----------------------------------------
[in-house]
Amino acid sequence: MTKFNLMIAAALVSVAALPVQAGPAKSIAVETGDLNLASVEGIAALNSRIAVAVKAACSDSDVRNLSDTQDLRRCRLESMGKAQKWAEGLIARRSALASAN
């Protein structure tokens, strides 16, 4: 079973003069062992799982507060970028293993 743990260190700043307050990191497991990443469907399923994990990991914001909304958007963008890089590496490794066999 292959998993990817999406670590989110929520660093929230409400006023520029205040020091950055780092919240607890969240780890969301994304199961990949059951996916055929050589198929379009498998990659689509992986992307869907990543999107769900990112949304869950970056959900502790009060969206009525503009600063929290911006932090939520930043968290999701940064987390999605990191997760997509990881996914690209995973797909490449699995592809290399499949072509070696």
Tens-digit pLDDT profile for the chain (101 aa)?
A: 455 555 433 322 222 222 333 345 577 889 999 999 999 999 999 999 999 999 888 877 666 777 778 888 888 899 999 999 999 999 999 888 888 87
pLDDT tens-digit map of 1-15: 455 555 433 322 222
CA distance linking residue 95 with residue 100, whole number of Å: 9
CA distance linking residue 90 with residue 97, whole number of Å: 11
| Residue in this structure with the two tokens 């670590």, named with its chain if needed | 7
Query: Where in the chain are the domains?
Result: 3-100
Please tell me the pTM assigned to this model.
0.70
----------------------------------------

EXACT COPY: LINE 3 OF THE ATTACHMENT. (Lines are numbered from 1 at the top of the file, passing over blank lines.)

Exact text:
């Protein structure tokens, strides 16, 4: 079973003069062992799982507060970028293993 743990260190700043307050990191497991990443469907399923994990990991914001909304958007963008890089590496490794066999 292959998993990817999406670590989110929520660093929230409400006023520029205040020091950055780092919240607890969240780890969301994304199961990949059951996916055929050589198929379009498998990659689509992986992307869907990543999107769900990112949304869950970056959900502790009060969206009525503009600063929290911006932090939520930043968290999701940064987390999605990191997760997509990881996914690209995973797909490449699995592809290399499949072509070696």